Continuous 4D Shape Analysis of Mandibular Changes
Objectives: To present an innovative technology to model biological shape evolution that continuously quantifies changes following Orthognathic Surgery and mandibular growth.
Methods: We use a validated methodology based in spatio-temporal shape regression to generate a mandibular change model. Cross-sectional three-dimensional shape analysis can quantify shape changes but it does not model dynamic processes such as growth, surgery and post-surgical adaptations. This methodology estimates a single deformation that best represent the evolution of a collection of structures collected over time. The deformation computed is topology-preserving and smooth to ensure the modeling of biologically feasible growth.
Results: Four CBCT scans were collected between the initial clinical visit and the 6 year post-surgical follow up (16-22 years old), for a patient that had severe open bite and underwent surgical maxillary impaction. Note that even though no surgery was performed in the mandible, bone re-shaping was progressive. The baseline CBCT showed radiographic signs of flattening on both condyles before surgery that progressed during post-surgery orthodontics and in the follow up visits. The computed model of bony changes showed the continuous progression of mandibular shape changes, with bone remodeling between scans. The model shows the expected mandibular changes and the condylar flattening detected in our cross-sectional analysis, but also displayed a widening of the mandibular arch and a mild bilateral condylar torque happening over time.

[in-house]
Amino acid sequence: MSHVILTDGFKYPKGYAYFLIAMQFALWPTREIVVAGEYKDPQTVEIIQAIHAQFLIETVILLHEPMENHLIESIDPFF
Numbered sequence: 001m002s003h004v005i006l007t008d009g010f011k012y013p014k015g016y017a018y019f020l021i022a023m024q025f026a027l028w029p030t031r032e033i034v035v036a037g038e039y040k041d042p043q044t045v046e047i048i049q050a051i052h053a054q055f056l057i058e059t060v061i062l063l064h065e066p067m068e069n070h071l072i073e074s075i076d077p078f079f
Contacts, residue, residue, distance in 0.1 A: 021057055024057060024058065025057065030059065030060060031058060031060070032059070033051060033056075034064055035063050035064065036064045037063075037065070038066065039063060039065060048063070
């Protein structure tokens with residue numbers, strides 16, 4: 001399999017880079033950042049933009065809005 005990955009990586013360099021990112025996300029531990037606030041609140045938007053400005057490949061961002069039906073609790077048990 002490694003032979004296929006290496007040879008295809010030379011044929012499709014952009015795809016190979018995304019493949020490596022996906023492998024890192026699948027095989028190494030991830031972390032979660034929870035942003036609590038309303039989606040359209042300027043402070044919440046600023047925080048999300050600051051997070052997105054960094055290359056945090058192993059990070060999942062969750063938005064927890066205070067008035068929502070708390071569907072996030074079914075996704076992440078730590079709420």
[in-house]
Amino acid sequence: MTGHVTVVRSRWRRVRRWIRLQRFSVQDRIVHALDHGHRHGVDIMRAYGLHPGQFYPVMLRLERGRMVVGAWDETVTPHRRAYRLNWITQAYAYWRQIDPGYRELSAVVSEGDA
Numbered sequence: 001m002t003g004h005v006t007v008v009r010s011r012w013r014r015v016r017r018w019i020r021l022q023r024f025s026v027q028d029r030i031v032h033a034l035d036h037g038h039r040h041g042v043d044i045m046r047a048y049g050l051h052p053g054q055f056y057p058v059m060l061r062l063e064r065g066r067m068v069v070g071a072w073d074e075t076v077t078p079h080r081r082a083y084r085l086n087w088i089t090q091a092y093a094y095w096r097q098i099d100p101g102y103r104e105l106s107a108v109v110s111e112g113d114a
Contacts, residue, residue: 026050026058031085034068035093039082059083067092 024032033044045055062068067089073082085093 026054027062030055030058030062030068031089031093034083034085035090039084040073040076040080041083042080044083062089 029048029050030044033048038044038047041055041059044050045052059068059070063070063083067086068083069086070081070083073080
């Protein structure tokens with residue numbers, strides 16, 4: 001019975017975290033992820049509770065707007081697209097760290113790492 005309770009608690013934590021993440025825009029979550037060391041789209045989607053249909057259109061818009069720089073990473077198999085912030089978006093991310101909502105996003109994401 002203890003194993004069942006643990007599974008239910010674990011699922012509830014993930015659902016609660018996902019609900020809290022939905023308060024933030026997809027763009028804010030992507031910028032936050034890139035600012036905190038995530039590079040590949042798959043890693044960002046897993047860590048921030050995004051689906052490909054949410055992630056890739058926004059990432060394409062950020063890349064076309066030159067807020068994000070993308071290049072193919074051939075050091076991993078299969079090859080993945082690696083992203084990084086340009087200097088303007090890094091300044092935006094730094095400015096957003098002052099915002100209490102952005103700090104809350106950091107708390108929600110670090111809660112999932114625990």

Conclusions: Our initial shape analysis provided localized information of mandibular shape changes, but the continuous evolution model provided further details about the dynamic processes associated with treatment and long-term changes. The proposed spatio-temporal shape model computes continuous mandibular shape information that describes and quantifies local and global shape changes across the series of observed scans. This novel continuous shape modeling may potentially lead to improved understanding of development, growth trajectory, degeneration or recovery in a variety of craniofacial complex problems.